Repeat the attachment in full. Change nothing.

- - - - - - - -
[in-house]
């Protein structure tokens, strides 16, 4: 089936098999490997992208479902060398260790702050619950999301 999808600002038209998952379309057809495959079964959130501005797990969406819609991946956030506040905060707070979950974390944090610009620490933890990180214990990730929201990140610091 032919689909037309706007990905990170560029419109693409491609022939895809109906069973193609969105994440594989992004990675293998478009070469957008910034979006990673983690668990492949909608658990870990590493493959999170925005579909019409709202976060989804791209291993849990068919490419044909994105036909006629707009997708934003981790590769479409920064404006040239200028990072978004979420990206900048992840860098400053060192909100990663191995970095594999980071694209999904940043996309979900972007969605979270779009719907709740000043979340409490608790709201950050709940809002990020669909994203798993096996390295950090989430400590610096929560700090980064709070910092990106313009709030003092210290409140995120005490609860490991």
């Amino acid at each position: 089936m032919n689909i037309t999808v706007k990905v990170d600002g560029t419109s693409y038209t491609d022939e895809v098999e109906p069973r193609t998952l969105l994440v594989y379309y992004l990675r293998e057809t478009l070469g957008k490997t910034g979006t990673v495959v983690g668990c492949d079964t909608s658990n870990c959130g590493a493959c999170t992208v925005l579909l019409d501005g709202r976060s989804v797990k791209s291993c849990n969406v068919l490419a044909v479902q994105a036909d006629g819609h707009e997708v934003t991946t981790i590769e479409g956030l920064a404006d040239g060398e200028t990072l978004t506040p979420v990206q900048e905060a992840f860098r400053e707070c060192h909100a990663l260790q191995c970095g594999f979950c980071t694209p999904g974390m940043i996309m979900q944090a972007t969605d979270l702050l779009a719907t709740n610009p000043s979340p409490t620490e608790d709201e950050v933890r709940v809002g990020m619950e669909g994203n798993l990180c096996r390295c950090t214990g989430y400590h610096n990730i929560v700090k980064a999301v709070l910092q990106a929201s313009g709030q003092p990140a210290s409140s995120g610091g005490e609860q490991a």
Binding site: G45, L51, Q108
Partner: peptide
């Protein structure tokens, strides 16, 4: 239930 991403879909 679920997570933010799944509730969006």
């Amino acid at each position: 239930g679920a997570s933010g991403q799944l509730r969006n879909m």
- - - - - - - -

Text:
[in-house]
């Protein structure tokens, strides 16, 4: 089936098999490997992208479902060398260790702050619950999301 999808600002038209998952379309057809495959079964959130501005797990969406819609991946956030506040905060707070979950974390944090610009620490933890990180214990990730929201990140610091 032919689909037309706007990905990170560029419109693409491609022939895809109906069973193609969105994440594989992004990675293998478009070469957008910034979006990673983690668990492949909608658990870990590493493959999170925005579909019409709202976060989804791209291993849990068919490419044909994105036909006629707009997708934003981790590769479409920064404006040239200028990072978004979420990206900048992840860098400053060192909100990663191995970095594999980071694209999904940043996309979900972007969605979270779009719907709740000043979340409490608790709201950050709940809002990020669909994203798993096996390295950090989430400590610096929560700090980064709070910092990106313009709030003092210290409140995120005490609860490991």
């Amino acid at each position: 089936m032919n689909i037309t999808v706007k990905v990170d600002g560029t419109s693409y038209t491609d022939e895809v098999e109906p069973r193609t998952l969105l994440v594989y379309y992004l990675r293998e057809t478009l070469g957008k490997t910034g979006t990673v495959v983690g668990c492949d079964t909608s658990n870990c959130g590493a493959c999170t992208v925005l579909l019409d501005g709202r976060s989804v797990k791209s291993c849990n969406v068919l490419a044909v479902q994105a036909d006629g819609h707009e997708v934003t991946t981790i590769e479409g956030l920064a404006d040239g060398e200028t990072l978004t506040p979420v990206q900048e905060a992840f860098r400053e707070c060192h909100a990663l260790q191995c970095g594999f979950c980071t694209p999904g974390m940043i996309m979900q944090a972007t969605d979270l702050l779009a719907t709740n610009p000043s979340p409490t620490e608790d709201e950050v933890r709940v809002g990020m619950e669909g994203n798993l990180c096996r390295c950090t214990g989430y400590h610096n990730i929560v700090k980064a999301v709070l910092q990106a929201s313009g709030q003092p990140a210290s409140s995120g610091g005490e609860q490991a």
Binding site: G45, L51, Q108
Partner: peptide
């Protein structure tokens, strides 16, 4: 239930 991403879909 679920997570933010799944509730969006």
């Amino acid at each position: 239930g679920a997570s933010g991403q799944l509730r969006n879909m």